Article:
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The Nicholas A. Virgilio Memorial Haiku and Senryu Competition for Grades 7-12 was founded in 1990 by the Sacred Heart Church in Camden, N.J. It is sponsored and administered by the Nick Virgilio Haiku Association in memory of Nicholas A. Virgilio, a charter member of the Haiku Society of America, who died in 1989. See the Nick Virgilio Haiku Association for more about Nick.

The Haiku Society of America cosponsors the contest, provides judges, and publishes the contest results in its journal, Frogpond, and on its Website (www.hsa-haiku.org). Judges' comments are added to the web site following publication in Frogpond.

Winners by Year (with judges' comments):

2024 | 2023 | 2022 | 2021 | 2020 | 2019 | 2018 | 2017 | 2016 | 2015 | 2014 | 2013 | 2012 | 2011 | 2010 | 2009 | 2008 | 2007 | 2006 | 2005 | 2004 | 2003 | 2002 | 2001 | 2000 | 1999 | 1998 | 1997 | 1996 | 1995 | 1994 | 1993 | 1992 | 1991 | 1990 |

For details about the contest rules, read the complete contest submission guidelines.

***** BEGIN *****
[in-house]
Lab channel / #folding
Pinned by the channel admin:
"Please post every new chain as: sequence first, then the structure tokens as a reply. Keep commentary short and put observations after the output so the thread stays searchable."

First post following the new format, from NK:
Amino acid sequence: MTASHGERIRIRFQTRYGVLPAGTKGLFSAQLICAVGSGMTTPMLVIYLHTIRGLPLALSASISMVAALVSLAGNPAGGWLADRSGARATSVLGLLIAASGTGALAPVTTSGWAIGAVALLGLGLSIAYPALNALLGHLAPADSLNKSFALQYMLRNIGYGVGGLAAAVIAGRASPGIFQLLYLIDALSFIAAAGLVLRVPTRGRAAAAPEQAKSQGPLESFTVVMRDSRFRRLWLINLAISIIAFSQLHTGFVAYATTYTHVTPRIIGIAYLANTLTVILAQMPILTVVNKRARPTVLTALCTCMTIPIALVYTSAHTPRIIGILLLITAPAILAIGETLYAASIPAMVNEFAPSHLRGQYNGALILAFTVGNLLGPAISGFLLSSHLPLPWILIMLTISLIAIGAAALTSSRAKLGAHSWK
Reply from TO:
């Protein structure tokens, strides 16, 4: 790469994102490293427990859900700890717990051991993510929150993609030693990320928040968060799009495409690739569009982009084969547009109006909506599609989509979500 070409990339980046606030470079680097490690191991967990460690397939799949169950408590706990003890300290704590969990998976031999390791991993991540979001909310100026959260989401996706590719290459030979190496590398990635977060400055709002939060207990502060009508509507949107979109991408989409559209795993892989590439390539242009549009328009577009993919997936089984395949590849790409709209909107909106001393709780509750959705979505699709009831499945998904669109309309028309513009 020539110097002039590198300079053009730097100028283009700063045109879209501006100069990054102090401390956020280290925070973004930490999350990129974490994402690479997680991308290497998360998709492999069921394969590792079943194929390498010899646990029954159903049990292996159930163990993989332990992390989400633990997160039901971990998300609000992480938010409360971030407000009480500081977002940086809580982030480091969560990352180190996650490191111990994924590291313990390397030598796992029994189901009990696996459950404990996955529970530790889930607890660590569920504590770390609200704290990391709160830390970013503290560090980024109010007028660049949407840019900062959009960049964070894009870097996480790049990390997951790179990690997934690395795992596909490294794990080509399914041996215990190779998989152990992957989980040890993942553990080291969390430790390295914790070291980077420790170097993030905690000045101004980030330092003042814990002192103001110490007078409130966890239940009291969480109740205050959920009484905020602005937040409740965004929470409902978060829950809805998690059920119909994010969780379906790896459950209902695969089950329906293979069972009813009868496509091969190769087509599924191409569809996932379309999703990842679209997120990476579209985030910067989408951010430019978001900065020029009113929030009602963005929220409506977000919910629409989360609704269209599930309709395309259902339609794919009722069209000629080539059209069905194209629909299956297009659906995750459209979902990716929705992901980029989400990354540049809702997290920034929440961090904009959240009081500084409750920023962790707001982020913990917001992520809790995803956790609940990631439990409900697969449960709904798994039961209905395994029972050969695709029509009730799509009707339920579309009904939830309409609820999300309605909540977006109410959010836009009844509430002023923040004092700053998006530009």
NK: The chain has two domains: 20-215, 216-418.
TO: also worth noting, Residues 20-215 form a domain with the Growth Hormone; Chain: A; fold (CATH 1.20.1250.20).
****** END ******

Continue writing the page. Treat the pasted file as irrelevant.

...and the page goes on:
See the Haiku Society of America publication of the award winning haiku and senryu:

Nicholas A. Virgilio Memorial Haiku and Senryu Competition Anthology

edited by Randy M. Brooks
designed by Ignatius Fay

© 2022 HAIKU Society of America


To commemorate the 30th Anniversary of the Nicholas A. Virgilio Memorial Haiku and Senryu Competition, the executive committee of the Haiku Society of America published this anthology of award-winning haiku and senryu. The student observations, insights, experiences, emotions and insights evident in these haiku and senryu are a wonderful testament to the fresh voices and vivid imagery of young people. We believe the judges’ commentaries add a valuable layer of meaning as we see how leaders, editors, writers and members of the Haiku Society of America carefully consider the significance of each award-winning poem.

This collection celebrates the work of students whose teachers have gone beyond the stereotypical haiku lesson plan emphasizing only one dimension of haiku—the five/seven/five syllable form. In these haiku and senryu the reader will find a wind range of form, carefully constructed arrangement of lines, surprising juxtaposition of images, and fresh sensory perceptions. They will find what we all love in haiku—the human spirit responding to the amazing diversity of experiences and emotions offered to us in our everyday lives.

Come, enjoy these award-winning haiku and senryu full of the wonder, surprise and angst that are the gifts of being young. These young people enjoy being alive and effectively share that joy through their haiku and senryu.

~ Randy M. Brooks, Editor